How do I make sure my emails don’t go to spam?
You can make sure your emails don’t go to spam by checking your email account’s Spam folder to see which messages have been marked as spam. If you don’t have a pop-up notification that an email has been associated with the spam folder, check around the following time intervals:
- 12 hours after each message is sent
- 24 hours after each message is sent
- One week after each message is sent
- Two weeks after each message is sent.
You can also use Bounce Management and allow listing tools to prevent false positives in Gmail. For more information about how these features work, please take a look at our article on Bounce Management and Allowlisting Tools for Gmail users here.)
For another easy solution to avoid spam, keep your email address off the internet. If your email is unlisted on Google, it’s less likely to be found by spammers and subsequently marked as spam.
How do I know if my emails are going to spam?
To find out if your email will go to spam, you can research the subject beforehand. For example, you can contact your customer’s service department to find out their spam policy and what they are looking for in an email. This is especially important if you send to customers who haven’t purchased from you in the past or if their domain name does not contain relevant keywords.
If they do not provide useful info, then you should test your campaign before launching it on a large scale. For example, you can use email services to specify what kind of customer email addresses go through and which ones get redirected to spam folders.
This way, you will see how your emails will look in different spam filters and find out how high of a risk level they have for meeting that criteria. At the same time, those services also let you check if your email address has been added to denylists. If this happens, there might be nothing you can do about it.
There are ways to reduce the risk of your email being spammed. First, make sure that you use a reputable email marketing service or email provider and do not rely on free accounts. You might end up having your domain banned from all hosted servers for spamming. That will be bad news for your business if it happens.
Second, pay attention to the subject line of your emails. It should contain relevant keywords that will catch the interest of people who will open it but avoid spam filters since they are very strict regarding this type of content. If you have other ideas on what makes an email suspicious, feel free to share them with us below!
What triggers spam filters?
A spam filter can be triggered by words or phrases that often indicate spamming activity. Spam filters are a technique used to reduce unwanted messages, usually considered junk email or junk newsgroup posts. Messages identified as potential spam are sent to a user’s Junk mail folder (aka Spam Folder).
In the context of web-based computer applications, such as email and blogging software, content is likely considered “spam” if it’s unsolicited and either advertises for money-making schemes like get-rich-quick schemes, phishing scams for banking details, or credit card numbers, includes links to pirated software, contains sexually explicit material and is presented with no apparent intention of communicating anything relevant or constructive.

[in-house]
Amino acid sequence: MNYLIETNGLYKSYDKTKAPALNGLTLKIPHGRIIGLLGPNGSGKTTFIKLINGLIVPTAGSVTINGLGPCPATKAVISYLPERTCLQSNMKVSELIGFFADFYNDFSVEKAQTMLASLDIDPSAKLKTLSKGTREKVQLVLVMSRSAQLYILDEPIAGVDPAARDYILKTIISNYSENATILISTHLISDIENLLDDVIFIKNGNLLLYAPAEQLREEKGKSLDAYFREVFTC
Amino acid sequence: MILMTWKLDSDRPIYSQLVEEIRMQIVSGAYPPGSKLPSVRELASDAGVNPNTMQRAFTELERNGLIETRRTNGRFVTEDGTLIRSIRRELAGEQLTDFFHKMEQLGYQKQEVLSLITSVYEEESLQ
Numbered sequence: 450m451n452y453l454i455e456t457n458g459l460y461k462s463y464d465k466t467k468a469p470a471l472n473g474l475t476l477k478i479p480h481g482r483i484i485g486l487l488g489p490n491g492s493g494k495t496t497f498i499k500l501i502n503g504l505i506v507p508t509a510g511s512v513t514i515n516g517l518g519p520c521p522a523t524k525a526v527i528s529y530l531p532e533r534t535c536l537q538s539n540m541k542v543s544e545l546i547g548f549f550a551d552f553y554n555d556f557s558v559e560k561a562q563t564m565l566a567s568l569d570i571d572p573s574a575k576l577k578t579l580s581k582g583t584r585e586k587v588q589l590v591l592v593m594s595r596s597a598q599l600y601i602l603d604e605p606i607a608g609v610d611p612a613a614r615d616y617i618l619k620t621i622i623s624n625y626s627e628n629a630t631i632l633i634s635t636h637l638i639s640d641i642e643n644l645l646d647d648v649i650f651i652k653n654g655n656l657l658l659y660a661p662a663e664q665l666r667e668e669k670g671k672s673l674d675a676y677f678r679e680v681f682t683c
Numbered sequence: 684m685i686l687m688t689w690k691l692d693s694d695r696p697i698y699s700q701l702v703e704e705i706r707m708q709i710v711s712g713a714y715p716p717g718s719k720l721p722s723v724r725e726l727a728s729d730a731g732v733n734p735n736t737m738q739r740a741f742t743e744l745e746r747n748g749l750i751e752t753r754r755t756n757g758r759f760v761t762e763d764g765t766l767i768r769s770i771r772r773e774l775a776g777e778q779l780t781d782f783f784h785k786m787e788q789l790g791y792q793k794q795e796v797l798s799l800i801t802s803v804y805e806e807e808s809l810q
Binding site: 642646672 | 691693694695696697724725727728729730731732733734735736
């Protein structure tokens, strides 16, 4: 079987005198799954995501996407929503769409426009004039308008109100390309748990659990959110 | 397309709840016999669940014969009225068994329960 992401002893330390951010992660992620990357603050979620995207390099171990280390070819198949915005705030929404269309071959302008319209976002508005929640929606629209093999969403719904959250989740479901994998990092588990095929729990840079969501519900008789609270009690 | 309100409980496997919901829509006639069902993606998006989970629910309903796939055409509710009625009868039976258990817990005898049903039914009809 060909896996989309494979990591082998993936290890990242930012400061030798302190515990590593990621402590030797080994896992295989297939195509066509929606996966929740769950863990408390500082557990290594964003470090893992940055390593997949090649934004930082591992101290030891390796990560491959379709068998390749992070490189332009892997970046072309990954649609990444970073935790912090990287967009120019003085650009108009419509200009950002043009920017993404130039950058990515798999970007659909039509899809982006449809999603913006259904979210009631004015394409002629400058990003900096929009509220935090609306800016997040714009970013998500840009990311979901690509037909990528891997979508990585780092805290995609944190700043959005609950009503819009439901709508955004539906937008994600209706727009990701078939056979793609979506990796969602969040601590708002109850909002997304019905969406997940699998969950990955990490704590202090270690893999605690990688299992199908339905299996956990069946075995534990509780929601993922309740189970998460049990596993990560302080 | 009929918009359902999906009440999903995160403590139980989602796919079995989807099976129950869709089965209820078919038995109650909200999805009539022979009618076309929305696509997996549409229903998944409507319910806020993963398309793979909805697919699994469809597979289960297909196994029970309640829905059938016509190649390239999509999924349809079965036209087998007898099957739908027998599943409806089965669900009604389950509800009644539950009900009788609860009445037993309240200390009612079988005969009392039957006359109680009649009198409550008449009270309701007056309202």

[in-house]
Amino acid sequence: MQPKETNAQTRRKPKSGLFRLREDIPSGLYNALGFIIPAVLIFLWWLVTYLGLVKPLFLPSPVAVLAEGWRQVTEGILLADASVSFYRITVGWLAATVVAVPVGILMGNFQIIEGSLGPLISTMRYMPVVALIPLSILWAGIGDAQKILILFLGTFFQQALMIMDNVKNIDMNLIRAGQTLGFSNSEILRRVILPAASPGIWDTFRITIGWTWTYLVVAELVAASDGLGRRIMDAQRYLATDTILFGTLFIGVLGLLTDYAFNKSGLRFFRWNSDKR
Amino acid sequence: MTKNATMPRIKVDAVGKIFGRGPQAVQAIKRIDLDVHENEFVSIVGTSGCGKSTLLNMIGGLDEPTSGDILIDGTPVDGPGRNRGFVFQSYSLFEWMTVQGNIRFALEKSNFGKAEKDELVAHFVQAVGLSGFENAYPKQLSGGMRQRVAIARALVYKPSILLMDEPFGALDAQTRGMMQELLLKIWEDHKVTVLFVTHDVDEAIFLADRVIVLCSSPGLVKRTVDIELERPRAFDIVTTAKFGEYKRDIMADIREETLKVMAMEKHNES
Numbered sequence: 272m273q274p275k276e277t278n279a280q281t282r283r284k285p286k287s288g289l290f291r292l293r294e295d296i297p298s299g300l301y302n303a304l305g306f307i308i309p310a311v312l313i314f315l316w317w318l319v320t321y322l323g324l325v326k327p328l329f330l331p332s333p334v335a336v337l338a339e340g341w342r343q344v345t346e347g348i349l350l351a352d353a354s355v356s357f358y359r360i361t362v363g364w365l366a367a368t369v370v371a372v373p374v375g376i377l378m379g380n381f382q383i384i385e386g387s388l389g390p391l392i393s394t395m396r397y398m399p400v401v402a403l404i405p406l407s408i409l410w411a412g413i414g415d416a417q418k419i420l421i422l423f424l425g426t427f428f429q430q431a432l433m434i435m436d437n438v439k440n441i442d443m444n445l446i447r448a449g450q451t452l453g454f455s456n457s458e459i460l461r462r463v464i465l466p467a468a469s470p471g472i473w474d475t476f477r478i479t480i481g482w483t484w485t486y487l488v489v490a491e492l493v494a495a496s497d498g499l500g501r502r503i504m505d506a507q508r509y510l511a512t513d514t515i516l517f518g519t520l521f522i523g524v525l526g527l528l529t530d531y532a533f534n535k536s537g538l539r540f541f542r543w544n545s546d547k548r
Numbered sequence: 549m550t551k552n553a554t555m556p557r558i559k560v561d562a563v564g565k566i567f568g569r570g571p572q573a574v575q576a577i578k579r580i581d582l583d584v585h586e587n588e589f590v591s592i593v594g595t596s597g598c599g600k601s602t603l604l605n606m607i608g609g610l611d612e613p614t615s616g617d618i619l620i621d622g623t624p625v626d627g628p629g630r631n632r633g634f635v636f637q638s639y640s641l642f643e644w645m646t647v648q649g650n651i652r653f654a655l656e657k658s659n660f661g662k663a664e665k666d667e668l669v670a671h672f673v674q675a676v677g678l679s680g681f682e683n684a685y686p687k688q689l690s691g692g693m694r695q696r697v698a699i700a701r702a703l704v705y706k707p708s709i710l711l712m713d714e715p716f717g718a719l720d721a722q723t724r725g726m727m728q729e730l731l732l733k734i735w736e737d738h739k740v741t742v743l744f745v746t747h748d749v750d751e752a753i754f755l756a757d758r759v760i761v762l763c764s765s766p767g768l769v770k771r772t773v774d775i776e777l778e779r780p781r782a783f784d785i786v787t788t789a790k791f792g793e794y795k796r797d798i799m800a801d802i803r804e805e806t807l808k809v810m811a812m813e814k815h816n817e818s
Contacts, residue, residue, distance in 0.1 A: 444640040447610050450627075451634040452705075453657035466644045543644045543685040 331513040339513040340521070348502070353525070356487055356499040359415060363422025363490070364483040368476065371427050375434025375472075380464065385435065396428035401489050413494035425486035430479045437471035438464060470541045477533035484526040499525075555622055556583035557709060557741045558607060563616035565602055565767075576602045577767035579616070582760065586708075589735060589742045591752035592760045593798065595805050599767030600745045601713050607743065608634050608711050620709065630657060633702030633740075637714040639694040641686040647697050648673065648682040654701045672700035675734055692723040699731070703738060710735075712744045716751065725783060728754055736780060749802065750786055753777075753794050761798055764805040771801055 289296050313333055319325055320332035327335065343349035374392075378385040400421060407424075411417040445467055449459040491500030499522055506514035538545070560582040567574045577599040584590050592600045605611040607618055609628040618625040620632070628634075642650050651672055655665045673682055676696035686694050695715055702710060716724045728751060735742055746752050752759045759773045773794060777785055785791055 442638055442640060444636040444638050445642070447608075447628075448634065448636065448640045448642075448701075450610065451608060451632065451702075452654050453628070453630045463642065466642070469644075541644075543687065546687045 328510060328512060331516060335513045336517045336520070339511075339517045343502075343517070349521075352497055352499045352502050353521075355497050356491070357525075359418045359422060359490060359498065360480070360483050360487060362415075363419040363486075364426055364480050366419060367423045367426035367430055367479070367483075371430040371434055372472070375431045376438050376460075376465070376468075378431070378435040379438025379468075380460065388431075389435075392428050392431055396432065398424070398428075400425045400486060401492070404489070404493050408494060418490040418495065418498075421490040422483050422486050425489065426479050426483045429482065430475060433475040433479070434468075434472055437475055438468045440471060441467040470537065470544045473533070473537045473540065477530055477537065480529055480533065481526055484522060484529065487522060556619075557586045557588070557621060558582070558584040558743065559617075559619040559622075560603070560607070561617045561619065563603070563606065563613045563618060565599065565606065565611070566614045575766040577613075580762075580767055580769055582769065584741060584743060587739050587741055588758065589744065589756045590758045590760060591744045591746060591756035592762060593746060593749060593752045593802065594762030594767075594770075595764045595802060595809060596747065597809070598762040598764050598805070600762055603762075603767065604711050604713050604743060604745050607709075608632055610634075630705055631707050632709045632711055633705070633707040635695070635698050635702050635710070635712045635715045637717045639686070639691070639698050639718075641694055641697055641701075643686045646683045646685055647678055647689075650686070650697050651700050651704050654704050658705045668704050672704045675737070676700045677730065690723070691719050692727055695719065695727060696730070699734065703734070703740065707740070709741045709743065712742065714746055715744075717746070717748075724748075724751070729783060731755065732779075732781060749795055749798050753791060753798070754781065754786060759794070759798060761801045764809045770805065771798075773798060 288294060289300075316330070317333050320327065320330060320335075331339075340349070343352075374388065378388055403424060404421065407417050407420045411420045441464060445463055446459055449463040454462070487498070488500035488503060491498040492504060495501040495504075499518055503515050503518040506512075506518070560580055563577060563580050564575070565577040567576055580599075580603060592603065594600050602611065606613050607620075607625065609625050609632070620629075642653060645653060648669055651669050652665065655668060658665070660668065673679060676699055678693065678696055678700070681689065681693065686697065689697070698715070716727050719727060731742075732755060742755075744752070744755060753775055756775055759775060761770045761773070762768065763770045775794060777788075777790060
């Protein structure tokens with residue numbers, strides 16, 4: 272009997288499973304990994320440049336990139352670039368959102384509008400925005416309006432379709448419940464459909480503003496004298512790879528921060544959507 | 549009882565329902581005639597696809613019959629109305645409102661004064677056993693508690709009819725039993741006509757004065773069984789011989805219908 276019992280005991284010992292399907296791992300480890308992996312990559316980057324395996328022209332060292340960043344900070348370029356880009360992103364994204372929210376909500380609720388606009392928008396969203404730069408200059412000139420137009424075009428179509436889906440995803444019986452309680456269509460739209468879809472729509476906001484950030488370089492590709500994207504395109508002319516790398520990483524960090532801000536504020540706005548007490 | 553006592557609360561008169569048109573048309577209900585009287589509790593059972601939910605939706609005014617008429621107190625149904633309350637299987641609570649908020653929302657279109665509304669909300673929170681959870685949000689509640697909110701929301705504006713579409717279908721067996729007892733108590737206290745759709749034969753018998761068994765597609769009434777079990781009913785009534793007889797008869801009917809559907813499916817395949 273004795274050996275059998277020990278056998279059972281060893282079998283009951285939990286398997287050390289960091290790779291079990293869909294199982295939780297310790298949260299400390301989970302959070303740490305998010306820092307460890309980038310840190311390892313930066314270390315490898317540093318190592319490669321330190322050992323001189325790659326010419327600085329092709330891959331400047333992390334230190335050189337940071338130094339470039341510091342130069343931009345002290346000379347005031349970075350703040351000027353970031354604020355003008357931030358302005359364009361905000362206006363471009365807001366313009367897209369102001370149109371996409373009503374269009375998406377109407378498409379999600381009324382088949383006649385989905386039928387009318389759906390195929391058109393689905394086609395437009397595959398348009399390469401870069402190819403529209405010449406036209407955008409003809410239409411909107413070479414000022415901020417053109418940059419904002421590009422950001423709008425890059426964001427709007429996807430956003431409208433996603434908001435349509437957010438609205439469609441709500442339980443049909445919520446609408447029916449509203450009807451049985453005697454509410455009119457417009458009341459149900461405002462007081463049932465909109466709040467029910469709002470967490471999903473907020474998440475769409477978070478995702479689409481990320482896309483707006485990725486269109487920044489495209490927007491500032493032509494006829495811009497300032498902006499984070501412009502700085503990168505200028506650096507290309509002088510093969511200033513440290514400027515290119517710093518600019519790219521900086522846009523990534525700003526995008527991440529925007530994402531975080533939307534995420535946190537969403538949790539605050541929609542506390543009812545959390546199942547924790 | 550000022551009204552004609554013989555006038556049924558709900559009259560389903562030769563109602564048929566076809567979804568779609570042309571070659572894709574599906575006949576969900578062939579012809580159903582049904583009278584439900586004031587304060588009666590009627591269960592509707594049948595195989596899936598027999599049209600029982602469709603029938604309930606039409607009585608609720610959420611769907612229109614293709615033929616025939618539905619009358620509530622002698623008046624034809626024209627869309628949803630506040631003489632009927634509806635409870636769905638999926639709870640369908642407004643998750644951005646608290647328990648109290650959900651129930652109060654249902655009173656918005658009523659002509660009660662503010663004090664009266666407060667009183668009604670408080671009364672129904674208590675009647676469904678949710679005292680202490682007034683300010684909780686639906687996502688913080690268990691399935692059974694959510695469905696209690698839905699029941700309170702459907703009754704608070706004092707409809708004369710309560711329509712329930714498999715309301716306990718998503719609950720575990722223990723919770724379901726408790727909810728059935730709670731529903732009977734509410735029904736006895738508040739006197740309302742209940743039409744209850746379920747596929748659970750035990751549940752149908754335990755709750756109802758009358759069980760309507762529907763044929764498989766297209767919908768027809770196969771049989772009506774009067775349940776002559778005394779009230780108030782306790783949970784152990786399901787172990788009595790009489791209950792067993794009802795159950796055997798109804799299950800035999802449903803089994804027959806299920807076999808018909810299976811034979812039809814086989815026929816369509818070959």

Here are some of the common email marketing mistakes that can trigger spam filters:
No clear >from< address.
It’s common for an email marketer to include only an email address in the >from< field while sending out emails to his list. While technically, this is still compliant with most email marketing laws (as long as it’s your domain), it does not assure delivery because of how email servers work.
So here’s a tip: always add a proper name, company/website/etc., at least on the signature line, so recipients know who you are and can take action on you if need be.
If the email gets delivered successfully, your campaign is considered successful? Not really, as sending to valid email addresses in your list doesn’t matter until it’s opened by recipients and read/clicked on by them. Also, not every recipient checks their inbox regularly – that’s why they have more than one email account (work, alternate, etc.).
Spammers know this, so they will create an email address just for you. They will deliver their message, but it won’t go anywhere because the data is invalid or non-existent in any database since it was just explicitly created for spamming purposes.
You can avoid this by checking each email address in your list against online freely available email databases. More often than not, you’ll find that the email is fake or invalid. Of course, there will be times when the email address may have been created in error, so always give your email subscribers an option to update/correct their information!
Sending unsolicited emails
An opt-in-only list has opted-in to receive emails from you as a marketer by providing either an explicit ‘opt-in’ or implicitly consenting (e.g., they clicked on a link in your website). Anyone who provides this express consent should be added to your email marketing lists and those who didn’t should not. This means acquiring new subscribers’ email addresses using any method aside from the opt-in process is against several email marketing laws such as CAN-SPAM in the United States, CASL in Canada, etc.